• CSE_Semaphore means struct CSE_Semaphore *

  • PCQueue means struct PCQueue *

This allows code that uses these types to be less verbose and more clear in its actual purpose. You may use these typedefs anywhere in your implementation and tests.

Another benefit of this construction is that the public interfaces for your semaphore and producer-consumer queues speak in terms only of pointers to structures which are not defined in the public interface. This provides encapsulation of your implementation; no code external to csesem.c can manipulate the inner data structures of your semaphore, and no code external to pcq.c can manipulate the inner data structure of your producer- consumer queue. This technique is often used in C. You can find more information about this technique and how it is used in this project in the respective headers.

 

3.2    Partial Implementation

If your CSE_Semaphore implementation is sufficiently incomplete that it prevents your PCQueue from being com- pleted, you may choose to use POSIX semaphores to implement your PCQueue, in return for a grading penalty. You may not use POSIX semaphores to implement CSE_Semaphore! The grading penalty is described below, in Section 7.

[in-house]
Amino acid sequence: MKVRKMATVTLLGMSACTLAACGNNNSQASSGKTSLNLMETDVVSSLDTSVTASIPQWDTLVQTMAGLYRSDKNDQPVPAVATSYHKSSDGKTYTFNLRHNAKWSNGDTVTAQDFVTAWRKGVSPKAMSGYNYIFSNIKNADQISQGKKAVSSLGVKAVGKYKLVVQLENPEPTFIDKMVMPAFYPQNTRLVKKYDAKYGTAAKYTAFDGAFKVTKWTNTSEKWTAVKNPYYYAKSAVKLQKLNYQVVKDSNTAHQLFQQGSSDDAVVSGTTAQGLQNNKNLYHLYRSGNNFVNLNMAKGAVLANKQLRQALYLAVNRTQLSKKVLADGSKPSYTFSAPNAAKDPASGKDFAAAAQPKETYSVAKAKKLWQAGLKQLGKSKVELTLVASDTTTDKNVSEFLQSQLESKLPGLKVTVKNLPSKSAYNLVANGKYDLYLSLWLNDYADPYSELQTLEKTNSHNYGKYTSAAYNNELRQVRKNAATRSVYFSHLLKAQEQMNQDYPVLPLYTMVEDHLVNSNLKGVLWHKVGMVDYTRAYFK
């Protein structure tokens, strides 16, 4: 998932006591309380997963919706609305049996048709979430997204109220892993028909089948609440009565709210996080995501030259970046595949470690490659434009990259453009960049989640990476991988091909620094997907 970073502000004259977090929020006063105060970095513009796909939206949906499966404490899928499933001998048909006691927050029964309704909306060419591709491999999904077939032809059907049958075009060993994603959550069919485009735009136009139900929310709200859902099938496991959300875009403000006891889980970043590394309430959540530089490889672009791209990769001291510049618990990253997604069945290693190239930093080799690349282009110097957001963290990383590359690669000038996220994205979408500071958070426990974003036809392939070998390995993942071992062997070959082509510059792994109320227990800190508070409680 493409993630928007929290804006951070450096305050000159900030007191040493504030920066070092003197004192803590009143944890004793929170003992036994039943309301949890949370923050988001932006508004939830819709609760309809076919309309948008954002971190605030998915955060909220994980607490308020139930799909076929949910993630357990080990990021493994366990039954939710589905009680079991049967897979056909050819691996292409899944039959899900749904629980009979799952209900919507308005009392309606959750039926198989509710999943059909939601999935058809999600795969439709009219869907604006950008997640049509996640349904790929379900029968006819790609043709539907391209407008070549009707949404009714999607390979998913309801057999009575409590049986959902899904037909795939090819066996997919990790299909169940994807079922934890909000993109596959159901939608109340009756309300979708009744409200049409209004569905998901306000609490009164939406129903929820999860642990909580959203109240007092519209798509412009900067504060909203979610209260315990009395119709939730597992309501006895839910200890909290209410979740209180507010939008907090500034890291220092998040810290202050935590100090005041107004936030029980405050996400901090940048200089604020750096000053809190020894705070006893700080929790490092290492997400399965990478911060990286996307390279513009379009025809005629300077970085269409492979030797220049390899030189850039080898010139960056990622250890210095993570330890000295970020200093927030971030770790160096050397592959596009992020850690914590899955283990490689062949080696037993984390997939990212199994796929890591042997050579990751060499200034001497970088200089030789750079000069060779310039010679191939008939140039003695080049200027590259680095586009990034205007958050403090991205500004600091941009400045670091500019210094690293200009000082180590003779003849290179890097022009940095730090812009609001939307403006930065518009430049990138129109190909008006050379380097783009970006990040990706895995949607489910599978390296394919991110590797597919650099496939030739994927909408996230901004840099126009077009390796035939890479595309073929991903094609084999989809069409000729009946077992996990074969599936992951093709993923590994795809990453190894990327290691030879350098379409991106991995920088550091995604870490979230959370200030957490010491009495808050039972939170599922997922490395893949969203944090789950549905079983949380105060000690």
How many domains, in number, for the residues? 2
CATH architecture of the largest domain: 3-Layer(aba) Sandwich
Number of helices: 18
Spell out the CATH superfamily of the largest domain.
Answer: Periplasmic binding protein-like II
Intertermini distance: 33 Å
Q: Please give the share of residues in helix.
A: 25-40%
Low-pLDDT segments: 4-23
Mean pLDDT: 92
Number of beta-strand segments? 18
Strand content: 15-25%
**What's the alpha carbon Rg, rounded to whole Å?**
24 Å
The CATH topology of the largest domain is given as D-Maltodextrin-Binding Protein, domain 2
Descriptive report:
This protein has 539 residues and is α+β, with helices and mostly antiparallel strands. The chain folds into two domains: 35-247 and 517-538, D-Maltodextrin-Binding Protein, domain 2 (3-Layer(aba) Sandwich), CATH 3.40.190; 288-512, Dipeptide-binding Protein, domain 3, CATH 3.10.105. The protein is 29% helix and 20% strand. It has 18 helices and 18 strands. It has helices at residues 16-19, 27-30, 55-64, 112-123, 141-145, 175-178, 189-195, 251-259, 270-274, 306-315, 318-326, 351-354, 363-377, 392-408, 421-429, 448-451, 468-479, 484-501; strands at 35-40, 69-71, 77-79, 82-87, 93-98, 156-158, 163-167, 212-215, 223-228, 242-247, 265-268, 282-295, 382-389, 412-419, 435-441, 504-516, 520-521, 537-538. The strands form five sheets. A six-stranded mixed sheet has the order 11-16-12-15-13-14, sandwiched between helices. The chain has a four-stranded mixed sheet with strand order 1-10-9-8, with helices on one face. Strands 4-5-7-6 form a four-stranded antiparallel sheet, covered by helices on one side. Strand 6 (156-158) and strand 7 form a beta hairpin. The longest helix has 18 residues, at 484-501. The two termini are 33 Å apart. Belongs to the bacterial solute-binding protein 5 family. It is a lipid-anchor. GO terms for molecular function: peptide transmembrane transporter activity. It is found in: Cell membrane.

4    Coordinated Destruction of Resources

The destruction of resources in a multithreaded environment, and particularly the destruction of synchroniza- tion mechanisms, is fraught with peril. It is very easy to find yourself with an implementation that inadver- tently accesses released resources or freed memory during the process of destroying synchronization tools.

Think carefully about what resources are accessed when and by which threads, and arrange your code to ensure that all threads that might access a resource are notified that it is going to be destroyed and have been given an opportunity to release it before it is actually destroyed. You may find flags or counters in conjunction with condition variables useful for coordinating destruction of your producer-consumer queue, in particular.

 

5   Memory Management

Each of the two constructions in this project defines a create and destroy function. Your implementation should allocate any memory that it needs on create, and free it on destroy for a given type. You should not use any global or static global variables in this project. All of the state for any semaphore or queue should be stored in the memory that is allocated on create.

You should use the standard dynamic allocator (e.g., malloc() or calloc() and free()) to manage this memory